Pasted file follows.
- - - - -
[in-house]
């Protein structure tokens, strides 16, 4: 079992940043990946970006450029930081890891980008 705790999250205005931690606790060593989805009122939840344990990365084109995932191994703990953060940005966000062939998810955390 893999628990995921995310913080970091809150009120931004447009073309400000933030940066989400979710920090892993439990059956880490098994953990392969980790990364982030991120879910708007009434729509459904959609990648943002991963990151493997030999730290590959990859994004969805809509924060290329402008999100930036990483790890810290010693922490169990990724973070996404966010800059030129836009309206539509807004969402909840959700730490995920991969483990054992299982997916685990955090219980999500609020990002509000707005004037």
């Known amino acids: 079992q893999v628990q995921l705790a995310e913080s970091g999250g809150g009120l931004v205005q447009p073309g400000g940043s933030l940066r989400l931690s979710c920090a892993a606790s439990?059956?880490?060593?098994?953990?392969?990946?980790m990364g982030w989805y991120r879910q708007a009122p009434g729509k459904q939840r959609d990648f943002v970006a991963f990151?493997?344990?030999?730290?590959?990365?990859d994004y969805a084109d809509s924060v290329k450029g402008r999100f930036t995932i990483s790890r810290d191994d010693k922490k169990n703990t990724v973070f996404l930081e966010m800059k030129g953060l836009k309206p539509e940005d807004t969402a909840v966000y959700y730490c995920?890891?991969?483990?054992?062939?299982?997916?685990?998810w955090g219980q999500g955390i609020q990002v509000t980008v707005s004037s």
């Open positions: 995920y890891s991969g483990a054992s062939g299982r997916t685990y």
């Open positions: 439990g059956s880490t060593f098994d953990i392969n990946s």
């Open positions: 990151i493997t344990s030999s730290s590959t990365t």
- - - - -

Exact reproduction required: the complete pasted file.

[in-house]
């Protein structure tokens, strides 16, 4: 079992940043990946970006450029930081890891980008 705790999250205005931690606790060593989805009122939840344990990365084109995932191994703990953060940005966000062939998810955390 893999628990995921995310913080970091809150009120931004447009073309400000933030940066989400979710920090892993439990059956880490098994953990392969980790990364982030991120879910708007009434729509459904959609990648943002991963990151493997030999730290590959990859994004969805809509924060290329402008999100930036990483790890810290010693922490169990990724973070996404966010800059030129836009309206539509807004969402909840959700730490995920991969483990054992299982997916685990955090219980999500609020990002509000707005004037």
């Known amino acids: 079992q893999v628990q995921l705790a995310e913080s970091g999250g809150g009120l931004v205005q447009p073309g400000g940043s933030l940066r989400l931690s979710c920090a892993a606790s439990?059956?880490?060593?098994?953990?392969?990946?980790m990364g982030w989805y991120r879910q708007a009122p009434g729509k459904q939840r959609d990648f943002v970006a991963f990151?493997?344990?030999?730290?590959?990365?990859d994004y969805a084109d809509s924060v290329k450029g402008r999100f930036t995932i990483s790890r810290d191994d010693k922490k169990n703990t990724v973070f996404l930081e966010m800059k030129g953060l836009k309206p539509e940005d807004t969402a909840v966000y959700y730490c995920?890891?991969?483990?054992?062939?299982?997916?685990?998810w955090g219980q999500g955390i609020q990002v509000t980008v707005s004037s």
């Open positions: 995920y890891s991969g483990a054992s062939g299982r997916t685990y």
């Open positions: 439990g059956s880490t060593f098994d953990i392969n990946s």
């Open positions: 990151i493997t344990s030999s730290s590959t990365t």